Phishing Bait: Refund Email from the IRS?
Has this, or something like it, popped up in your email inbox?
After the last annual calculations of your fiscal activity we have determined that
you are eligible to receive a tax refund of $749.80
Please submit the tax refund request and allow us 3-6 days in order to
A refund can be delayed for a variety of reasons.
For example submitting invalid records or applying after the deadline.
To access the form for your tax refund, please click here
Note: For security reasons, we will record your ip-address, the date and time.
Deliberate wrong inputs are criminally pursued and indicted.
Internal Revenue Service
© Copyright 2009 , Internal Revenue Service U.S.A. All rights reserved.
Looks good, doesn't it? Heck, I could use $750 right about now. Being unemployed, that would pay the bills - rent, electricity, etc, for a month! So you can believe me when I say that this email looked very tempting to me.
But Mom didn't raise many fools. I went right to Snopes and checked this out. I figured somebody - or a lot of somebodys - would have looked into this for legitimacy before me. And guess what? They did!
In part, here's what Snopes says about this lovely email:
Phishing bait: Notice from the IRS indicating the recipient is eligible for a tax refund or stimulus payment.
Origins: Notices purporting to come from the Internal Revenue Service (IRS) make good phishing bait for a number of reasons:[...]
The IRSs says about such e-mails that:
The IRS does not initiate taxpayer communications through
e-mail.In addition, the IRS does not request detailed personal information through
Do not open any attachments to questionable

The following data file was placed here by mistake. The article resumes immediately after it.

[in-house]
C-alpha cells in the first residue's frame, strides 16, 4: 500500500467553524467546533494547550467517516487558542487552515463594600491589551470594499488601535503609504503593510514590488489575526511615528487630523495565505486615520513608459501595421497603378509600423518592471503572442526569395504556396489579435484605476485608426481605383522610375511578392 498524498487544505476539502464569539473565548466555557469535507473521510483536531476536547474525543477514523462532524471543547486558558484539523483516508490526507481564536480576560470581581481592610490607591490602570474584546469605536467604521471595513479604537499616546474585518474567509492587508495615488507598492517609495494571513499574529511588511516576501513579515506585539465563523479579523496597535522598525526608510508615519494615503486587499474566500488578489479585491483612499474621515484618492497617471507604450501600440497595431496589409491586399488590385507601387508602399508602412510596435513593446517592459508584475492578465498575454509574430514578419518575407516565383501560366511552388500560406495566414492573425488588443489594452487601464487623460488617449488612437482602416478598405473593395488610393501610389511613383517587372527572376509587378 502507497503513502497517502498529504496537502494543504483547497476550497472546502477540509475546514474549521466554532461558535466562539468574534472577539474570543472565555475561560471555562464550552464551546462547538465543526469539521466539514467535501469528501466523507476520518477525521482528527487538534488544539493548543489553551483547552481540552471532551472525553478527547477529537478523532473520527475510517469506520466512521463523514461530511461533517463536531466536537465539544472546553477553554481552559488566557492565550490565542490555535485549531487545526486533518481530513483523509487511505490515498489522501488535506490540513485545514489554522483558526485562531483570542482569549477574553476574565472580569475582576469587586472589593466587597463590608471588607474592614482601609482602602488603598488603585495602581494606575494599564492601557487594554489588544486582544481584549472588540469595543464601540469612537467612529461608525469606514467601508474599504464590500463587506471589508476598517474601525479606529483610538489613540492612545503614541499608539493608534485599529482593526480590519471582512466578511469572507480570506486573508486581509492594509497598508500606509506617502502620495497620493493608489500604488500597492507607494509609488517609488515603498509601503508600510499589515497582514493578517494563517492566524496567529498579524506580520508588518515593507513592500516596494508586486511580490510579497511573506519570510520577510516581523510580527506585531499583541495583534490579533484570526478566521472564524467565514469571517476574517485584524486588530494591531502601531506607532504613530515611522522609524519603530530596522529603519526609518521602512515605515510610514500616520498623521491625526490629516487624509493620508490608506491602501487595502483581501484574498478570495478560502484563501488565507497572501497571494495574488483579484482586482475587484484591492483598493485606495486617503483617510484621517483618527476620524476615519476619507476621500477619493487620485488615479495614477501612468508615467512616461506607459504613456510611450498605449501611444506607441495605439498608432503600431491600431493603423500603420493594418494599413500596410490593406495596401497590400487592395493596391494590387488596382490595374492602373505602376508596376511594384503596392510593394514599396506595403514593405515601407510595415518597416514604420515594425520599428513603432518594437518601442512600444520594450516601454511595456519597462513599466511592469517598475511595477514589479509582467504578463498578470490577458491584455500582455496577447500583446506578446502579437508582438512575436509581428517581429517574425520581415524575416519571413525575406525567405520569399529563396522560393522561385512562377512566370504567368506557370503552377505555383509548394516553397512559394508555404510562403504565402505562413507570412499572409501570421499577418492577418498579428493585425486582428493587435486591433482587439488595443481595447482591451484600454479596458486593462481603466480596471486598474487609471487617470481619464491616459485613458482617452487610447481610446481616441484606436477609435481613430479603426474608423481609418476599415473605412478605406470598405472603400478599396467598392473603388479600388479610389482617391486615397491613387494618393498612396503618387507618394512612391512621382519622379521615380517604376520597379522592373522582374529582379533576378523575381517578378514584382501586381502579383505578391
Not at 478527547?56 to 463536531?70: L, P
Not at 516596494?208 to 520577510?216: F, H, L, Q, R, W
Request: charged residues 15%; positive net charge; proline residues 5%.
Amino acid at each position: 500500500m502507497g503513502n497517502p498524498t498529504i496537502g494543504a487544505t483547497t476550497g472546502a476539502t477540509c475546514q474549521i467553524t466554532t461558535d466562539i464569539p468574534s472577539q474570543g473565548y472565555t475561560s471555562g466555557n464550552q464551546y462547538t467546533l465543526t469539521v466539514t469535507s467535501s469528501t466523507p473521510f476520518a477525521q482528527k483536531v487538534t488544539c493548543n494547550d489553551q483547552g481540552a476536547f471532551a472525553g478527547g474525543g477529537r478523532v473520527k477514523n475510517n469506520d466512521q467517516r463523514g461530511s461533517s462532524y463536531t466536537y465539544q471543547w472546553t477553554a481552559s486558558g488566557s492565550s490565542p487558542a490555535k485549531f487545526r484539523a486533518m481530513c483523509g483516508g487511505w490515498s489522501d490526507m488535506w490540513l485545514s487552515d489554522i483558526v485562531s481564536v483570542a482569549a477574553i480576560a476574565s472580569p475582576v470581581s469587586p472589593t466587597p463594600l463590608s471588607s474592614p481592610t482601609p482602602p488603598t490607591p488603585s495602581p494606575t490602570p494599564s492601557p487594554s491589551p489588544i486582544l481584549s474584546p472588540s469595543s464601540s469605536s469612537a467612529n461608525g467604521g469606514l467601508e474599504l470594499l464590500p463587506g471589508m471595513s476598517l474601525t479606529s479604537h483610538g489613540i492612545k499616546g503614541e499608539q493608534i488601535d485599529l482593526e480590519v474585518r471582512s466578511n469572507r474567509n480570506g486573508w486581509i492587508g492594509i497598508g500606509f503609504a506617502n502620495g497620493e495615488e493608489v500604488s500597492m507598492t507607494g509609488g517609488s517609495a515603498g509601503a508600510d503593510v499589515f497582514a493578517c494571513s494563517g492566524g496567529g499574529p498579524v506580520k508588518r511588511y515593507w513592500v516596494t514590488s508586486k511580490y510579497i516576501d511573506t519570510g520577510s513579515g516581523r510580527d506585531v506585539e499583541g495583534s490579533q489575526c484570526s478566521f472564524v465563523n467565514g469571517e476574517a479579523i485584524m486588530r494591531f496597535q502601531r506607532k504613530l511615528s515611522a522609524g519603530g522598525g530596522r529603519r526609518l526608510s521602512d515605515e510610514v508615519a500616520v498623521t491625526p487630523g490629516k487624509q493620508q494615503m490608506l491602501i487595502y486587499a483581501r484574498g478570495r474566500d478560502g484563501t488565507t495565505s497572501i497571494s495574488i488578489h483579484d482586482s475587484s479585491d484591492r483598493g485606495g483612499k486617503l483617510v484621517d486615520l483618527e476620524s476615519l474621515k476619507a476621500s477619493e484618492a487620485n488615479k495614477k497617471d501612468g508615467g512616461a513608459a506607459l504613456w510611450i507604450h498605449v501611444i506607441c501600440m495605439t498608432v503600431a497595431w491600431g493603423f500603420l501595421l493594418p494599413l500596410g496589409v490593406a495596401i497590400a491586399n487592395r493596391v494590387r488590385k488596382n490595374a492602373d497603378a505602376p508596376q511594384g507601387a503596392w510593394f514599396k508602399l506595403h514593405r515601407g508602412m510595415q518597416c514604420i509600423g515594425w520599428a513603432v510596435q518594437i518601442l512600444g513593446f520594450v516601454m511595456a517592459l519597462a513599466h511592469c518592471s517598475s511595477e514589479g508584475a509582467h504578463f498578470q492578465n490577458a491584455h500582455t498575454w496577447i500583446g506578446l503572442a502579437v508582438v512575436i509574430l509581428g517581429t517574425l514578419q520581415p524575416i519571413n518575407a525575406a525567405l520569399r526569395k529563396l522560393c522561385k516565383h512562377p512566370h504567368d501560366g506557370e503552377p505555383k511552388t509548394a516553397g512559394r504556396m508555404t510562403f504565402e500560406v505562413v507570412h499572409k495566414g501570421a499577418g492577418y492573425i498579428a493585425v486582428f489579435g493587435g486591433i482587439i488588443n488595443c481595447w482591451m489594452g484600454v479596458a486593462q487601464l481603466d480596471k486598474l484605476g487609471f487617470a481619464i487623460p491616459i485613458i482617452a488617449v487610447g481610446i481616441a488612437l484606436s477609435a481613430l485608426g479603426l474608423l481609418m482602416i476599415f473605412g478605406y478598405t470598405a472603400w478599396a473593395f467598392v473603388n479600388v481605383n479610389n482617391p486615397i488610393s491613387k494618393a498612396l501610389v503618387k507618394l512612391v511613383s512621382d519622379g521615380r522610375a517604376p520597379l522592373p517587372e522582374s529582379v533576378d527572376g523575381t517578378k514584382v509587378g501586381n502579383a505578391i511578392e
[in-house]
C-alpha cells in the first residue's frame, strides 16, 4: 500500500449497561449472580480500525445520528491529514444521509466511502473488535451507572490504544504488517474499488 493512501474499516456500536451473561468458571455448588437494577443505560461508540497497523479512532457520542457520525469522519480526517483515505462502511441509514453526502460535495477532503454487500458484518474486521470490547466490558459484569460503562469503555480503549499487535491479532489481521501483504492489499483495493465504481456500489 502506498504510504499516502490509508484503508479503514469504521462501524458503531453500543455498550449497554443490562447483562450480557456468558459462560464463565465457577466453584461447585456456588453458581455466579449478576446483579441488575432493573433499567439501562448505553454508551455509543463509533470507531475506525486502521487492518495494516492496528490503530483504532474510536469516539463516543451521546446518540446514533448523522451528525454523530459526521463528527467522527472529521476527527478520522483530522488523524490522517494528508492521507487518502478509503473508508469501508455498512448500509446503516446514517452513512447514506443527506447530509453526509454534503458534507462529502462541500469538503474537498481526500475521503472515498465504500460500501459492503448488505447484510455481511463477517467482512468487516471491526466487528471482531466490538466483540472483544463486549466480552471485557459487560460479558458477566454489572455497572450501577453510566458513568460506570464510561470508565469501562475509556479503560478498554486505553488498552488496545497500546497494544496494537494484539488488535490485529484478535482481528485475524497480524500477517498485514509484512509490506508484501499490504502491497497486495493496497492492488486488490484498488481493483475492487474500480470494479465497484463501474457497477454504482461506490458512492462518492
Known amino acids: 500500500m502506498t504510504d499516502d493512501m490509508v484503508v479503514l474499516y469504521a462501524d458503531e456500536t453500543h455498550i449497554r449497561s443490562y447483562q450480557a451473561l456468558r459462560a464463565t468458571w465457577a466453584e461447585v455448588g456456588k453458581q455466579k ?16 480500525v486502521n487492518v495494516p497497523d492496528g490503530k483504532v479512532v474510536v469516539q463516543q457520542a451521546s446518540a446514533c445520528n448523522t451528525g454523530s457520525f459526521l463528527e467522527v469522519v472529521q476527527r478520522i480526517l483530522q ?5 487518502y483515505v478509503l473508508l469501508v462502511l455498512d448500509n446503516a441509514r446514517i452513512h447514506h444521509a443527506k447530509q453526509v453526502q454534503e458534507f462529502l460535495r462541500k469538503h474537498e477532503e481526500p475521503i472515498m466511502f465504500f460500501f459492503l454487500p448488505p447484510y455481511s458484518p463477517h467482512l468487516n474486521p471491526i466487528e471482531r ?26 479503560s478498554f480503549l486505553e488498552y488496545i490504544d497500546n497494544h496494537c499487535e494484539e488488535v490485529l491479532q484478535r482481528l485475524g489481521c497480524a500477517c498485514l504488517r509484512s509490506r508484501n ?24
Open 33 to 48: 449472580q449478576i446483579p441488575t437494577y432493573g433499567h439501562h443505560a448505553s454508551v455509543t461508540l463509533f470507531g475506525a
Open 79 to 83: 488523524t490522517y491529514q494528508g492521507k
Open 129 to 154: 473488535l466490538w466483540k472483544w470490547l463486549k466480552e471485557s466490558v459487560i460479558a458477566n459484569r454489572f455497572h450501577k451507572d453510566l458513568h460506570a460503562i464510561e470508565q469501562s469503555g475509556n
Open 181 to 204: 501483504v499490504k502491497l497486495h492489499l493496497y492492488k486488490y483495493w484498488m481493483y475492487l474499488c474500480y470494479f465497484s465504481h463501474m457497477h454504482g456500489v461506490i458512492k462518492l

e-mails,which may contain malicious code that will infect your computer. Please be advised that the IRS does not initiate contact with taxpayers via e-mails.
Hey, don't listen to me, just head to the Snopes article, read it, then wait for that phishing email to arrive!
After that do what I did. Forward the email to the IRS. What it's about and how to handle it is explained at the IRS page here.
The IRS explains:How to report phishing, e-mail scams and bogus IRS Web sites
If you receive an e-mail or find a Web site you think is pretending to be the IRS,
- Forward the e-mail or Web site URL to the IRS at firstname.lastname@example.org.
- You can forward the message as received or provide the Internet header of the e-mail. The Internet header has additional information to help us locate the sender.
- After you forward the e-mail or header information to us, delete the message.
TImes are hard, and this is just another scam that will suck in the gullible or the desperate. Don't fall for it, okay? Check it out at Snopes, then send it on to the IRS.
Phishing is a crime. Let's nail the phishers!